If mutual trust and cooperation are important characteristics of a transaction, the contracting parties should be reluctant to insert an entire agreement clause in their contract. This may be particularly sensitive if extensive discussions between them have led to various arrangements, which have not necessarily been incorporated in the transaction agreements. Of course, if arrangements in a letter of intent have been renegotiated or were the subject of giving and taking of other benefits, the exclusion of a specific document is recommendable. A drafter should consider the impact of emails and other arrangements in the block notes of one party but not the other.

Waiver clauses in contracts

In many contracts, a provision is inserted saying that a party may waive its rights provided it is specific and in writing. In European legal systems, such clause is unnecessary: vast case law provides that a waiver of rights must be clear and unequivocal, expressed by a person authorised to represent the waiving party. In this blog I discuss a useful way of providing for waiver provision in the miscellaneous article.

Most European member state laws provide that the failure of a party to claim or enforce its rights does not automatically qualify as a waiver of such rights. Also, if a party does ‘waive’ its rights in a certain situation, member state laws will not easily presume a blanket waiver. Still, despite the compulsory nature of that principle and the great reluctance of courts to assume a waiver, many contract drafters provide for wording that reflect the law, resulting in something

Franchisor and Franchisee may by written instrument unilaterally waive or reduce any obligation of the other under this Agreement.  Any waiver granted by Franchisor shall be without prejudice to any other rights Franchisor may have and shall be subject to continuing review by Franchisor.

In certain cases, a waiver provision is useful and more adapted to the way it works in real life. For example, if it is more specific as regards its scope or effects:

Waivers. A failure of a Party to enforce strictly a provision of this Agreement shall in no event be considered a waiver of any part of such provision. No waiver by a Party of any breach or default by the other Party shall operate as a waiver of any succeeding breach or other default or breach by such other Party. No waiver shall have any effect unless it is specific, irrevocable and in writing.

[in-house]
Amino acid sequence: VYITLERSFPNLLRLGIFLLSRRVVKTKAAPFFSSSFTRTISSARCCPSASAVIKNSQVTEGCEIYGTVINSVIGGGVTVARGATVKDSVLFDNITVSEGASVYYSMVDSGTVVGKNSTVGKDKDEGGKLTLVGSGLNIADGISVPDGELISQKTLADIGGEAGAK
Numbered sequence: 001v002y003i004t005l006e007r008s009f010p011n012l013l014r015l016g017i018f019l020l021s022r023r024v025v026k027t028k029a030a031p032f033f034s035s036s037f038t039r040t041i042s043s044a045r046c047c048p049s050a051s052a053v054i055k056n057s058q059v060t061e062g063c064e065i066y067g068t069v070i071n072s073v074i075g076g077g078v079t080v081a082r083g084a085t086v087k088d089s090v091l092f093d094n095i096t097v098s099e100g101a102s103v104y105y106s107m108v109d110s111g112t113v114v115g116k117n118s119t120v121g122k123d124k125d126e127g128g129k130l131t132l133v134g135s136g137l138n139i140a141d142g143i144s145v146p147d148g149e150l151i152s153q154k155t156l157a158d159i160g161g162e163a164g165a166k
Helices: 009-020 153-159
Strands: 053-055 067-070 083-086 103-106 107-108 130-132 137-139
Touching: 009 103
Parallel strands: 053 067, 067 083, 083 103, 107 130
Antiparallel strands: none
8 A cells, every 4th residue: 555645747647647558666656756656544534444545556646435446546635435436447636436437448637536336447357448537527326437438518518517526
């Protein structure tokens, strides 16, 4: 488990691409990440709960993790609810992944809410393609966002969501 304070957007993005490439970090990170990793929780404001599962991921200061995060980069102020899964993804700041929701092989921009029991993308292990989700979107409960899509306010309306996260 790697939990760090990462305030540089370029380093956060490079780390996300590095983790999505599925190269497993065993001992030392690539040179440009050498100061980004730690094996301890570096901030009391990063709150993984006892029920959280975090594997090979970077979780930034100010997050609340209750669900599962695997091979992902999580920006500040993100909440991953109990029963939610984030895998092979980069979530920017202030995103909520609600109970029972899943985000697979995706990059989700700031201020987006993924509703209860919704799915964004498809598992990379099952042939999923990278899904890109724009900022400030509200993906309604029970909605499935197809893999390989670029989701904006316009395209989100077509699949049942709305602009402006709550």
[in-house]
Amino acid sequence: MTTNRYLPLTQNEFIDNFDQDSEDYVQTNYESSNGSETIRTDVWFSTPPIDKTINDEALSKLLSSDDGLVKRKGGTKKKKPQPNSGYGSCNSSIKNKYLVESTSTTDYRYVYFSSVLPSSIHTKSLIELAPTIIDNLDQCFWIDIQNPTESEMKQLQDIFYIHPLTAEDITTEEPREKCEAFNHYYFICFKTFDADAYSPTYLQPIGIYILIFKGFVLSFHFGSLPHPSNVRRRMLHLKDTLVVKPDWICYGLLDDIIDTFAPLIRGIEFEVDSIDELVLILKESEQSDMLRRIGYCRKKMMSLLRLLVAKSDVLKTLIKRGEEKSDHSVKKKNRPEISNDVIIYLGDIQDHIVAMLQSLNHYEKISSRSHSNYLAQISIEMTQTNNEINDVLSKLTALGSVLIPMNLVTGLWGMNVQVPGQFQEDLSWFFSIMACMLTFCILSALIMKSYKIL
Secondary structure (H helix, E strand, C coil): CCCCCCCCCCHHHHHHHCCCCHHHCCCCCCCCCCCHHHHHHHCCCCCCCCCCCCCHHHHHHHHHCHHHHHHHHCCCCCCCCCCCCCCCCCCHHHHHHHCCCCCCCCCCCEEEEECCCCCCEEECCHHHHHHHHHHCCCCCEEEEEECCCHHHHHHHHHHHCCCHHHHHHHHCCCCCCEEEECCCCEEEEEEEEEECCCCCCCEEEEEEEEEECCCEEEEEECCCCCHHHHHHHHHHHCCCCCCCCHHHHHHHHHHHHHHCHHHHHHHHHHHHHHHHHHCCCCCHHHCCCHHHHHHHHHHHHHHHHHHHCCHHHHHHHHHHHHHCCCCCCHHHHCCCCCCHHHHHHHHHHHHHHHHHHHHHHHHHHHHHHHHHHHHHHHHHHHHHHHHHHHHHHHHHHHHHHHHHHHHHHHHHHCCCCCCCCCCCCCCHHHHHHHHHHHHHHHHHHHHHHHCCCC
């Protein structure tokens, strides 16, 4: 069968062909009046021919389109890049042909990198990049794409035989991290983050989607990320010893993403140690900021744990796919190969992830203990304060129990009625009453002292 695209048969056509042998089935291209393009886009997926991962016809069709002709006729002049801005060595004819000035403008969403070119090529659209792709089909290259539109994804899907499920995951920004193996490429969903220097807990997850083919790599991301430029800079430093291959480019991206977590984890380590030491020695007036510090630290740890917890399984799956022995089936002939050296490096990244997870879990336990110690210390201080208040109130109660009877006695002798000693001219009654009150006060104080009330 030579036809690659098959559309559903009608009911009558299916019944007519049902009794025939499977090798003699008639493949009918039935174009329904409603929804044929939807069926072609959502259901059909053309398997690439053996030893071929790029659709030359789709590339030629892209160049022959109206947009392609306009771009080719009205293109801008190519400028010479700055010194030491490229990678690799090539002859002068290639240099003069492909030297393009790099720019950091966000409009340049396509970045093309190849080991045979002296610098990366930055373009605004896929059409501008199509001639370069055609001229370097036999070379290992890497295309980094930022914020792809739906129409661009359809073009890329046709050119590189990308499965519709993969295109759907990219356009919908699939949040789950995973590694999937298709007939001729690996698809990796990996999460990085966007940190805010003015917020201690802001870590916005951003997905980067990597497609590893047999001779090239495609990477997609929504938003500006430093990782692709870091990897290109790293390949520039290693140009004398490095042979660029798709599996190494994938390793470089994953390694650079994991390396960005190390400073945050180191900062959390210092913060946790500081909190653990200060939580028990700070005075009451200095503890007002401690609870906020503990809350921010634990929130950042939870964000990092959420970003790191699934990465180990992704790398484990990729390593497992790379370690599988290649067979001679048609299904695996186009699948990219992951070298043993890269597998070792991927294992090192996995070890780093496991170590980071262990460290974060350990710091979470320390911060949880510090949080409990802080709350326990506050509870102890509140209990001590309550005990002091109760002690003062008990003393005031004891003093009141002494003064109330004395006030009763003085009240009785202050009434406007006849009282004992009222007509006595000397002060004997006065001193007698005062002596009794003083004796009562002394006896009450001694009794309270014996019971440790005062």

The above clause specifies what may or may not be the consequence of a party’s behaviour or (informal) remarks.

Further assurances – duty to cooperate

A frequently used boilerplate clause is commonly referred to as “further assurances” and addresses the parties’ duty to cooperate in certain aspects. Especially in a common law context, where the common law lawyer might not believe that contracting parties must enable each other to reap the full benefits of the contract (and a little more), such a duty to cooperate ‘beyond’ the key obligations and explicit covenants can be helpful. This blog post is about the no-need to include a further assurances provision.

The general concept of good faith, which is a core concept of EU member state laws (although not under common law jurisdictions), makes it largely superfluous to include a miscellaneous clause on ‘Further assurances‘. Nevertheless, sometimes it may be helpful to provide for such ‘duty to cooperate’. For instance, the clause may support a party’s request when it must prove its rights under an agreement versus a third party or if the enforcement of a party’s rights requires the fulfilment of any legal or practical formality. Such clause may be as follows:

Further Assurance. Each Party shall cooperate with the other and execute such instruments or documents and take such other actions as may reasonably be requested from time to time in order to carry out, evidence or confirm their rights or obligations or as may be reasonably necessary or helpful to give effect to this Agreement.

You should be aware that if you delete the clause in a mark-up on the other party’s first draft, or if the other party deletes yours, this may convey a sense of unwillingness to cooperate.